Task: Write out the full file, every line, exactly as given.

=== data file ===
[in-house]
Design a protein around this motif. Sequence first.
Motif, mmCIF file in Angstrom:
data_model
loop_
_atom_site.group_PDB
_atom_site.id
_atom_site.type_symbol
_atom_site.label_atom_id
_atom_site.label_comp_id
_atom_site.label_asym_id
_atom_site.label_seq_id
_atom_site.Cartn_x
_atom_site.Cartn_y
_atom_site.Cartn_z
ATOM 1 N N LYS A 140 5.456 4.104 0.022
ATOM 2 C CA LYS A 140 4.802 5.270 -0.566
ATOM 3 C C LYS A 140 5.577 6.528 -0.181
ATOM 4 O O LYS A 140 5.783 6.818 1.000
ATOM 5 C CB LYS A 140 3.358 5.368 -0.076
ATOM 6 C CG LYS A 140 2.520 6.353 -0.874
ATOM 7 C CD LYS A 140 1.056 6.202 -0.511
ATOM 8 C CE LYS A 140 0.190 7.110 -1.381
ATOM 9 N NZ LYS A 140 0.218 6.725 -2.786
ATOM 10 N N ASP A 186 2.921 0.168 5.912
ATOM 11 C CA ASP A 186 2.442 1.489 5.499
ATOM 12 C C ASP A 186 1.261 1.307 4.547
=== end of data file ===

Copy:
[in-house]
Design a protein around this motif. Sequence first.
Motif, mmCIF file in Angstrom:
data_model
loop_
_atom_site.group_PDB
_atom_site.id
_atom_site.type_symbol
_atom_site.label_atom_id
_atom_site.label_comp_id
_atom_site.label_asym_id
_atom_site.label_seq_id
_atom_site.Cartn_x
_atom_site.Cartn_y
_atom_site.Cartn_z
ATOM 1 N N LYS A 140 5.456 4.104 0.022
ATOM 2 C CA LYS A 140 4.802 5.270 -0.566
ATOM 3 C C LYS A 140 5.577 6.528 -0.181
ATOM 4 O O LYS A 140 5.783 6.818 1.000
ATOM 5 C CB LYS A 140 3.358 5.368 -0.076
ATOM 6 C CG LYS A 140 2.520 6.353 -0.874
ATOM 7 C CD LYS A 140 1.056 6.202 -0.511
ATOM 8 C CE LYS A 140 0.190 7.110 -1.381
ATOM 9 N NZ LYS A 140 0.218 6.725 -2.786
ATOM 10 N N ASP A 186 2.921 0.168 5.912
ATOM 11 C CA ASP A 186 2.442 1.489 5.499
ATOM 12 C C ASP A 186 1.261 1.307 4.547